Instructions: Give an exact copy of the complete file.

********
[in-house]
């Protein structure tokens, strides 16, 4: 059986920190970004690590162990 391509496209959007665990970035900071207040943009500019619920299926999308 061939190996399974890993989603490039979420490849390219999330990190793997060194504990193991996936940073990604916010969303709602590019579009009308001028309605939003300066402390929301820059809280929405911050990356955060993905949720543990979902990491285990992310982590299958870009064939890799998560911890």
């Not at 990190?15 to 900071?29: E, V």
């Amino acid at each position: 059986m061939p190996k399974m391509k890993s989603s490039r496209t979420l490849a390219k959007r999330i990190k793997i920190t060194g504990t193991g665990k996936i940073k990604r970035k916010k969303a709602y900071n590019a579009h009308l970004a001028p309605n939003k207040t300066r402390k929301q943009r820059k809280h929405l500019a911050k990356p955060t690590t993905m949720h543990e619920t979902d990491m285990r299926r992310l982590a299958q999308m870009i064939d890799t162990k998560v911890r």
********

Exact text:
[in-house]
């Protein structure tokens, strides 16, 4: 059986920190970004690590162990 391509496209959007665990970035900071207040943009500019619920299926999308 061939190996399974890993989603490039979420490849390219999330990190793997060194504990193991996936940073990604916010969303709602590019579009009308001028309605939003300066402390929301820059809280929405911050990356955060993905949720543990979902990491285990992310982590299958870009064939890799998560911890």
């Not at 990190?15 to 900071?29: E, V």
């Amino acid at each position: 059986m061939p190996k399974m391509k890993s989603s490039r496209t979420l490849a390219k959007r999330i990190k793997i920190t060194g504990t193991g665990k996936i940073k990604r970035k916010k969303a709602y900071n590019a579009h009308l970004a001028p309605n939003k207040t300066r402390k929301q943009r820059k809280h929405l500019a911050k990356p955060t690590t993905m949720h543990e619920t979902d990491m285990r299926r992310l982590a299958q999308m870009i064939d890799t162990k998560v911890r």